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CM06 Concrete Masonry - Unreinforced Concrete Masonry in Residential Construction

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Page 1: CM06 - Concrete Masonry - Using Unreinforced Concrete

CM06 Concrete Masonry - Unreinforced Concrete Masonry in Residential Construction

Page 2: CM06 - Concrete Masonry - Using Unreinforced Concrete

PO Box 275, St Leonards NSW 1590 AustraliaSuite 7.01, Level 7, 154 Pacific HighwaySt Leonards NSW 2065 AustraliaTelephone 02 8035 8605

ABN 33 065 618 840

www.cmaa.com.au

While the contents of this publication are believed to be accurate and complete, the information given is intended for general guidance and does not replace the services of professional advisers on specific projects. Concrete Masonry Association of Australia cannot accept any liability whatsoever regarding the contents of this publication.

Copyright © Concrete Masonry Association of Australia 2019.

ABN 33 065 618 840.

This publication, its contents and format are copyright of the

Concrete Masonry Association of Australia, and may not be reproduced, copied or stored in any medium without prior, written authorisation from the Institute. Concrete Masonry Association of Australia is wholly sponsored by the Australian concrete brick, block and paver industry. Local or state regulations may require variation from the practices and recommendations contained in this publication.

Revised and Republished December 2019.

The Standards referenced in this manual were current at the time of publication.

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Contents

Introduction 6

Section 1: Construction 7

1.1 Control Joints 7

1.2 Render 8

1.2.1 Cement render 8

1.2.1.1 Render batching and mixing 9

1.2.1.2 Application 9

1.2.2 Acrylic Render 11

1.2.2.1 Batching and Mixing 11

1.2.2.2 Application 11

1.2.3 Curing and Protection 11

Section 2: Results of Defective Work 12

Section 3: Diagnosis and Cure 13

References 14

Glossary 15

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Introduction

Concrete masonry is a building material that offers great benefits for use in residential applications, such as sound and thermal insulation, structural integrity, fire resistance and durability. Concrete products come in a wide range of colours and finishes (and even in the form of bricks), though the most commonly used are grey blocks. Typical block construction consists of - retaining walls, load bearing walls, basements, commercial and landscaping projects. The availability of concrete bricks and the various finishes and colours available has made this a desirable product for the residential market.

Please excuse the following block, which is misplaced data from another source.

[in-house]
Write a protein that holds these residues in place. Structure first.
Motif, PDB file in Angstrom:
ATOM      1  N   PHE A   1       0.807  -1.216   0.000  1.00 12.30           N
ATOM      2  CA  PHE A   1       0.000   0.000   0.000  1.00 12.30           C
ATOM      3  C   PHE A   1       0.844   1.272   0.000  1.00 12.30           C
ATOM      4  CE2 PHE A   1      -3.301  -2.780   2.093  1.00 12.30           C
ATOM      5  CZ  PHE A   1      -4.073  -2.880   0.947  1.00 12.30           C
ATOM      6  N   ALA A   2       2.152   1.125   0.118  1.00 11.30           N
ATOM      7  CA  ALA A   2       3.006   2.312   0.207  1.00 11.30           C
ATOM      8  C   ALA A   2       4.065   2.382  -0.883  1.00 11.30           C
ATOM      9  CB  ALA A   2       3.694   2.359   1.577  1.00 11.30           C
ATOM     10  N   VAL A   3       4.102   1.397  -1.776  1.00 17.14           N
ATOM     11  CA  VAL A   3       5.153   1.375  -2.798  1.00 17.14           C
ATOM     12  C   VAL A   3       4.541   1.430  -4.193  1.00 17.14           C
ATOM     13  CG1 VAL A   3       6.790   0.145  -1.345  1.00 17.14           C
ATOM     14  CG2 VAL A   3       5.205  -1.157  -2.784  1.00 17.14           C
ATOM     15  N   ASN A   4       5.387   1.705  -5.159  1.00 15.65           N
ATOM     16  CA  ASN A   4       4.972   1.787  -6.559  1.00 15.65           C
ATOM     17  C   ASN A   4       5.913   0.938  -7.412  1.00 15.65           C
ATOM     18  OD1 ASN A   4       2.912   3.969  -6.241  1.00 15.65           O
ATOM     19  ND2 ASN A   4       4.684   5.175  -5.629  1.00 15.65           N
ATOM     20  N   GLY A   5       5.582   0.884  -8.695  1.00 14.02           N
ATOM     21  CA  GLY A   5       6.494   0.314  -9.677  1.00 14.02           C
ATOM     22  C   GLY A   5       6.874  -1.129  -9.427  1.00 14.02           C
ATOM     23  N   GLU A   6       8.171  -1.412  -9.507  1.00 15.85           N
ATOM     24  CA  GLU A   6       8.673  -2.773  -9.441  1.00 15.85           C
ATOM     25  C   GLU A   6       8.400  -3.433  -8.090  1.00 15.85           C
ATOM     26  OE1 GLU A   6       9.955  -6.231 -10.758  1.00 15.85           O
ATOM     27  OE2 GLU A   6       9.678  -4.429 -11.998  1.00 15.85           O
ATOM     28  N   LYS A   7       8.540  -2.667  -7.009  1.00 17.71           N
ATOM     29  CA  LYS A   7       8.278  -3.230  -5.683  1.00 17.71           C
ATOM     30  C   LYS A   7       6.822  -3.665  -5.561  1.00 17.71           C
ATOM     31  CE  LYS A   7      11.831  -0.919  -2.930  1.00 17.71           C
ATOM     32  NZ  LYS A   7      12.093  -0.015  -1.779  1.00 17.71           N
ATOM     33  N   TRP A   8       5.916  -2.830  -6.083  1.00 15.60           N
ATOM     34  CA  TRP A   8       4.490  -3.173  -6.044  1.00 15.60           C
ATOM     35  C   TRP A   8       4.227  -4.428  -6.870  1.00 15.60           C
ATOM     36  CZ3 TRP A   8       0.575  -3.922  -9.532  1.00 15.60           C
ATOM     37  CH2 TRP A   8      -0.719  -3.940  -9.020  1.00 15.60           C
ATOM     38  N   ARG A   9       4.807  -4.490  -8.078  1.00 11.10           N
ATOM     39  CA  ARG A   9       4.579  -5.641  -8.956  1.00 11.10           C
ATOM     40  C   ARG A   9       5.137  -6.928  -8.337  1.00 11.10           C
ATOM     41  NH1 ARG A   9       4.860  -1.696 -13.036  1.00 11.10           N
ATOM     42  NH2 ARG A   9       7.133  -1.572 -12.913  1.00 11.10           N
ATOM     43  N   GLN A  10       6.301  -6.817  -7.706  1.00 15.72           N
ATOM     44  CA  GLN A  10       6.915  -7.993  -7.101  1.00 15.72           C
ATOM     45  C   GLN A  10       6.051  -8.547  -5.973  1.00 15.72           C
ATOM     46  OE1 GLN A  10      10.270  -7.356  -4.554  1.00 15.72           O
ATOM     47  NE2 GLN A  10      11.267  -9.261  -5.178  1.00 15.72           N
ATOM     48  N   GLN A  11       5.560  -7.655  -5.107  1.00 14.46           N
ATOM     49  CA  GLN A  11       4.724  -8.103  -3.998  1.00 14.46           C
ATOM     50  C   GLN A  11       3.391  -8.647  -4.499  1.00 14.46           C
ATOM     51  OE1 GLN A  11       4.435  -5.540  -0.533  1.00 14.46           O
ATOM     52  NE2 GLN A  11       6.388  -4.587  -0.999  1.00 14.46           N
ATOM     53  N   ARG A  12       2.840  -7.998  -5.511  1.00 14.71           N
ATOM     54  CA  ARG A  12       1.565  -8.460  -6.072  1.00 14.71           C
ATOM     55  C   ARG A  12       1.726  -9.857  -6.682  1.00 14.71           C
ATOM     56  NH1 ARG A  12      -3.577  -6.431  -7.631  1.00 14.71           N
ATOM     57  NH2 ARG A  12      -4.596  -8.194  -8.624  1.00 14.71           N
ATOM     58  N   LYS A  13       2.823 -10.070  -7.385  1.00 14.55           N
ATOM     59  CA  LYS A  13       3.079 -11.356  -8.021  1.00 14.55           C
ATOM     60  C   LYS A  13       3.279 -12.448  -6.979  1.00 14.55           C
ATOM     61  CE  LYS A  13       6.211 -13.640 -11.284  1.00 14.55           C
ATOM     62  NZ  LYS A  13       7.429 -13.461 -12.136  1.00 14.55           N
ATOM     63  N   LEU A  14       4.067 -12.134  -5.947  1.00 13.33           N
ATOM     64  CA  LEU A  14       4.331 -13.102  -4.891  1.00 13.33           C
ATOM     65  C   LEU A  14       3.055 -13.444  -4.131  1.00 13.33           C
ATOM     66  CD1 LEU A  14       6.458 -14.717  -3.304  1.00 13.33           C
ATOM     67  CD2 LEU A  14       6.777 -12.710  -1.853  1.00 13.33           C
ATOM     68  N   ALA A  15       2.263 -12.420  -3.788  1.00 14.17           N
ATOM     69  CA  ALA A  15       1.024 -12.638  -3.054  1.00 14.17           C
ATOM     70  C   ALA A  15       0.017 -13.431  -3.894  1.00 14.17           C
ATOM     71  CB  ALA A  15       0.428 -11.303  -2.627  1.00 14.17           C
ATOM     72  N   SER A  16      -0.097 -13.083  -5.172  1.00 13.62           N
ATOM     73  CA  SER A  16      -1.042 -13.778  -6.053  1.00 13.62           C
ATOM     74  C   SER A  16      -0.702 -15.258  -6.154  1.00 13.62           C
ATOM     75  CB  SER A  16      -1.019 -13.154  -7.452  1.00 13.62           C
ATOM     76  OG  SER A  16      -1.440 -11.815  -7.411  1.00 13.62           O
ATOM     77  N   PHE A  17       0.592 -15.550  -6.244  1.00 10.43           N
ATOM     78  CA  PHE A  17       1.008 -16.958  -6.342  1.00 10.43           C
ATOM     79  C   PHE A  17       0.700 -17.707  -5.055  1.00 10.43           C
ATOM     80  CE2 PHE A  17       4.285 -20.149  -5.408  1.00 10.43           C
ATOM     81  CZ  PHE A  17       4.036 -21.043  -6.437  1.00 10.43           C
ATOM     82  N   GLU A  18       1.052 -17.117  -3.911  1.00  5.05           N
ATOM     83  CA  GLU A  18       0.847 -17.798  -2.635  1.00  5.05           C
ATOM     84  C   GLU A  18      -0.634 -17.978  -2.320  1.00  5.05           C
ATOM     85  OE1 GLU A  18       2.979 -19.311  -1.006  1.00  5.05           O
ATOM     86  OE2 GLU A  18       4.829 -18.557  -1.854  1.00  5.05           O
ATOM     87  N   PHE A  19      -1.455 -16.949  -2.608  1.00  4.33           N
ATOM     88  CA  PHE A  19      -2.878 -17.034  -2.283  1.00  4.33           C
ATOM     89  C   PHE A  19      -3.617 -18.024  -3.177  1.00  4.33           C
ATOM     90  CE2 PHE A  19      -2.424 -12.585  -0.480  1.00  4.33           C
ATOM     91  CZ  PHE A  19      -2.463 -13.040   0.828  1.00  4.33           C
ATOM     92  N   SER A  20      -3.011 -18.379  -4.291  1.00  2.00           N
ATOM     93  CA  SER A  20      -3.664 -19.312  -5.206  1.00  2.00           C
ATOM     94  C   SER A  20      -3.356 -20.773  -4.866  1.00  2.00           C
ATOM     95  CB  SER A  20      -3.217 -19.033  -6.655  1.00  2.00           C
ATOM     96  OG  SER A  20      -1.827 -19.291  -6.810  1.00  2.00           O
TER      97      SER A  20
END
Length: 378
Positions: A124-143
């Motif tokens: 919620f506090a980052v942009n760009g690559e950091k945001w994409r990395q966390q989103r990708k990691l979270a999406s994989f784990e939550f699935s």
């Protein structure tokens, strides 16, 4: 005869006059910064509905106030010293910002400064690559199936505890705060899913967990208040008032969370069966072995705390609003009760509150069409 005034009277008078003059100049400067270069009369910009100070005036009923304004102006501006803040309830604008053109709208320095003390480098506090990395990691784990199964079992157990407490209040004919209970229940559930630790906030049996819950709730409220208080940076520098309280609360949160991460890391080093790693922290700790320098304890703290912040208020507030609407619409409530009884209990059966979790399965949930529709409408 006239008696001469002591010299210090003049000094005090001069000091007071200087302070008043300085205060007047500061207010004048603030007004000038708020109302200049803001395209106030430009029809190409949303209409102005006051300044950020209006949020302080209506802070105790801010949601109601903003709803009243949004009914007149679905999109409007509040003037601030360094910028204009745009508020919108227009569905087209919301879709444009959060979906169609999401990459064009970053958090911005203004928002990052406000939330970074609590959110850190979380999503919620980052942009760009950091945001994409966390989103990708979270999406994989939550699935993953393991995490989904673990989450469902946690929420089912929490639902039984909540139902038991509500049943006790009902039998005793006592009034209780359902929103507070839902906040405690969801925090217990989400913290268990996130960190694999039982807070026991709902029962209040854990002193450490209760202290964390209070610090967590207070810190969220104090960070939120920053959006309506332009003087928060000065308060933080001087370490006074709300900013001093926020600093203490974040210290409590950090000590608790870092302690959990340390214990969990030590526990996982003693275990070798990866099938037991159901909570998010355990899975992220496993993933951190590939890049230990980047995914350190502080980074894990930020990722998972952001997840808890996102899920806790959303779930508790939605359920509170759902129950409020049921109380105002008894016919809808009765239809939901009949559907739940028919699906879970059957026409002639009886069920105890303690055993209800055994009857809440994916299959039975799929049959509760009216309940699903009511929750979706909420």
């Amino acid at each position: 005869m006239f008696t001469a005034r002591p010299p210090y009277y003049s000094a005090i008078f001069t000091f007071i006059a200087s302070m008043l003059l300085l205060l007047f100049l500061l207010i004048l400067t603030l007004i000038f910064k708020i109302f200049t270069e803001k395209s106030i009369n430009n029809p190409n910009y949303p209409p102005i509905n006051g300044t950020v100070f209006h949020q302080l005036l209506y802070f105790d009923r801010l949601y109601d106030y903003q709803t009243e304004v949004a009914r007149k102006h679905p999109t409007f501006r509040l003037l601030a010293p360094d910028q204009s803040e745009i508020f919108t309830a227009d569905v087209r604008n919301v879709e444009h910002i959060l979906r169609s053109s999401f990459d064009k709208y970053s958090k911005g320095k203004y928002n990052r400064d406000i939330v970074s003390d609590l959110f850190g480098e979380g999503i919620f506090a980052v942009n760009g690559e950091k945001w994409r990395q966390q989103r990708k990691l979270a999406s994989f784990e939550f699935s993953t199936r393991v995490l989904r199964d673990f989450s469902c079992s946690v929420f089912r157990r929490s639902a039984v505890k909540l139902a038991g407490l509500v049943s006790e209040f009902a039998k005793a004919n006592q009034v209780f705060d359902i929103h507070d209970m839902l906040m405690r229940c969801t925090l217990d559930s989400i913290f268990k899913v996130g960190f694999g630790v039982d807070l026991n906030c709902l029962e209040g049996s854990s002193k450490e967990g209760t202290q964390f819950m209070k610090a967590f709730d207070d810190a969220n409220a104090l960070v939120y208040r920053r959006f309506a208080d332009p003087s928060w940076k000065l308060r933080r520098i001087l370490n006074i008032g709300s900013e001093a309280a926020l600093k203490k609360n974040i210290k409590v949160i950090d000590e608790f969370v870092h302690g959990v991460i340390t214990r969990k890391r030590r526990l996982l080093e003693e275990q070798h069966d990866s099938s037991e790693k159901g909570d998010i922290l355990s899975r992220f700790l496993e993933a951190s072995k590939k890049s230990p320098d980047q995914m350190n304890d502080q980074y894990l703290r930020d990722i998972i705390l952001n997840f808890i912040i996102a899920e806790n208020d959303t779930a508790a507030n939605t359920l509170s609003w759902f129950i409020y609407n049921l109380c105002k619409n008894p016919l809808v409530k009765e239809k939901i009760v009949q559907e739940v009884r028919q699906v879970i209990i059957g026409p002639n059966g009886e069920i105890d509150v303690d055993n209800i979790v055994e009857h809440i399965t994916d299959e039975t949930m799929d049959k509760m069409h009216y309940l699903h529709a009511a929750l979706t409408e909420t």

Residential construction with concrete masonry units differs from building in clay bricks as both units behave differently in their service life. Clay bricks tend to expand where concrete experiences shrinkage, hence concrete masonry units (CMUs) need control joints. Concrete also has a higher absorption rate due to its physical properties, which requires a different approach during construction. CMUs can often be shaped in various forms and still retain their structural integrity.

In residential settings, most builders use basic concrete bricks and will sometimes render over the surface face for aesthetic reasons. Concrete blocks are also used in high wind or cyclonic prone regions, in which building codes specify that reinforced, core-filled blockwork must be used to counter the wind forces. This guide will give an insight into how to build using unreinforced concrete masonry in residential settings.

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Section 1: Construction

Concrete Masonry is renowned for its versatility and serviceability. When used in accordance with the National Construction Code (NCC), it is suitable for residential building locations and it is available in exposure grade varieties. One of the main issues that are overlooked is the provision of control joints at required intervals. Another issue that commonly arises either as a result of poor blockwork or tradesmanship is damaged rendered finishes. Render can crack and even fall right off the surface if guidelines and proper techniques are not adhered to in the process. This section focuses on the correct procedure to address these two main problems and construction processes that will ensure the best results.

1.1 Control Joints